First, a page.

House GOP rejects Hamilton election reform
INDIANAPOLIS – Indiana House Republicans today remained consistent in their opposition to any efforts to reform our state’s archaic election system, rejecting a proposal from State Rep. Carey Hamilton (D-Indianapolis) that would make it easier for Hoosiers to vote through absentee ballot.
The House Republicans turned down an amendment from Hamilton that would have allowed anyone to vote by absentee ballot. The proposal was offered to House Bill 1217.
“People simply are not turning out to vote in Indiana, because there are too many barriers to taking part,” Hamilton said. “Our state routinely ranks among the worst in the nation in voter turnout, and it has become so bad that when we do get a turnout of around 50 percent—as we did last November—it was considered cause for celebration.
“We should not be celebrating these abysmal numbers,” she continued. “We should be doing more to make voting more accessible for Hoosiers, but those who are in charge of state government simply will not support those efforts, as today’s vote proved.”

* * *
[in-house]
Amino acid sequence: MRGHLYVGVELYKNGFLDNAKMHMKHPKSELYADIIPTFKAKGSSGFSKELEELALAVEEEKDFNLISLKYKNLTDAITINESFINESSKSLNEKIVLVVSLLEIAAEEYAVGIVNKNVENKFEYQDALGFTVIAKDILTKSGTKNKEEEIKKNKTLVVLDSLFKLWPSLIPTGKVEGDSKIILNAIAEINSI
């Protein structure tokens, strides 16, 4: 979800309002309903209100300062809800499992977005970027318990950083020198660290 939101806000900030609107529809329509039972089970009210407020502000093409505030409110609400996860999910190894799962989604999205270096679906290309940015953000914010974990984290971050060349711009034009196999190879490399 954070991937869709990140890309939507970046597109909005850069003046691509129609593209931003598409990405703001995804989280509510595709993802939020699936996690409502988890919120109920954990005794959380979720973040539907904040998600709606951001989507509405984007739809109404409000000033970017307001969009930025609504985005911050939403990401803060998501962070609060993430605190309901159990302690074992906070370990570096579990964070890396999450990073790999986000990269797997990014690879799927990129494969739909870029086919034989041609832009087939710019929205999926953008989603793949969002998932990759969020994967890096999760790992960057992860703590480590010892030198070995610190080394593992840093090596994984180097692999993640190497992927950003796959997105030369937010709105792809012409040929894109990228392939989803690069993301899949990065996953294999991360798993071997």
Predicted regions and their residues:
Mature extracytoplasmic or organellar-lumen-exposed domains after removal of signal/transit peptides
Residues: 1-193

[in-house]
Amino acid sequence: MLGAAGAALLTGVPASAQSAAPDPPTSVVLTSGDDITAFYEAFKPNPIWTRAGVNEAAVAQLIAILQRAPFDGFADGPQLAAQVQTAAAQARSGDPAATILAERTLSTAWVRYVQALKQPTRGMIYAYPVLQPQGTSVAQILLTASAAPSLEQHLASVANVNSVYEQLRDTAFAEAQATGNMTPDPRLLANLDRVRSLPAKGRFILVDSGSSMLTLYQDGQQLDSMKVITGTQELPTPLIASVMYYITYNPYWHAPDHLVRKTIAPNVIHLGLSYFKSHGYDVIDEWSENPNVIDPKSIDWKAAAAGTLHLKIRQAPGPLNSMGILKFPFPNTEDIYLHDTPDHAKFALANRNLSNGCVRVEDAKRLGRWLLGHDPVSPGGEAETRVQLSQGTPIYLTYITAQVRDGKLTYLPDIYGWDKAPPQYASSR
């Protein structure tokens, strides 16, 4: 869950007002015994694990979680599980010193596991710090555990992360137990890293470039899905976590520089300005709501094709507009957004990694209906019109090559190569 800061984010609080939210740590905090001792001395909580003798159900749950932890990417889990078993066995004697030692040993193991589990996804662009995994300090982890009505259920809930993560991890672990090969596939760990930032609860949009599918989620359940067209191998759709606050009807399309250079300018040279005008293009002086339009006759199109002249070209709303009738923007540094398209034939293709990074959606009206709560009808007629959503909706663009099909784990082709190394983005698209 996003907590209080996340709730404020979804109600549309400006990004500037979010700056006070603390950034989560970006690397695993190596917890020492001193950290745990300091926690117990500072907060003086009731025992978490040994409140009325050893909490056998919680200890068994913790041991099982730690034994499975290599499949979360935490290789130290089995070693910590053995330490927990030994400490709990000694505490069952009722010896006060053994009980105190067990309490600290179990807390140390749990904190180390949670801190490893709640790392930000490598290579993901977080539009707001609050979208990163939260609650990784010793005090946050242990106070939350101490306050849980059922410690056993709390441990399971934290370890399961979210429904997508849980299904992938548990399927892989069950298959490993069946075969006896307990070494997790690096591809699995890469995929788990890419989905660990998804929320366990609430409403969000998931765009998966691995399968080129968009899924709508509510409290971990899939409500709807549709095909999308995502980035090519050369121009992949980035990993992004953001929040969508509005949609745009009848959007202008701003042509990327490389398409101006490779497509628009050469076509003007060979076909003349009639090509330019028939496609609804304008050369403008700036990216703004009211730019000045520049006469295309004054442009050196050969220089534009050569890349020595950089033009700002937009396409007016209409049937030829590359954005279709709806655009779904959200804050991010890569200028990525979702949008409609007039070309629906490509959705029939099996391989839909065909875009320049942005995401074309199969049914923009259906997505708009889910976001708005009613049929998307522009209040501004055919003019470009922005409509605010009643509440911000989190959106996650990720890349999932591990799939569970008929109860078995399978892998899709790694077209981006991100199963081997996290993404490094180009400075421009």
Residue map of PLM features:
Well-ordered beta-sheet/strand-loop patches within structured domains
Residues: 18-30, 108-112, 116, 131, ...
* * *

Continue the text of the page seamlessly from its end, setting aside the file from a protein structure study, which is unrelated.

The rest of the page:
Hamilton’s amendment would have removed all strings that are attached to Hoosiers who wish to vote by absentee ballot. Currently, those who wish to vote absentee must satisfy at least one of a series of conditions explaining why they are voting in that manner, including illness, disability, age, military service, religion, work responsibilities, and no transportation to the polls.
“Under those conditions, you are asking people to predict that they will not be able to meet certain conditions in order to vote on Election Day,” Hamilton said. “To use just one example, a working mom is being asked to predict weeks ahead of time if she will not be able to get to the polls and vote. Anyone who works is being asked to predict if they are going to be working 12 hours on Election Day. That doesn’t make sense to me.
“This change would give every Hoosier the same chance as we provide to military and public safety officers: to vote by mail,” she noted.
“Give people the ability to vote, and they will take part,” Hamilton said. “We should not be making it more difficult to take part in our elections. It is our obligation as elected officials to provide that opportunity to as many Hoosiers as possible.”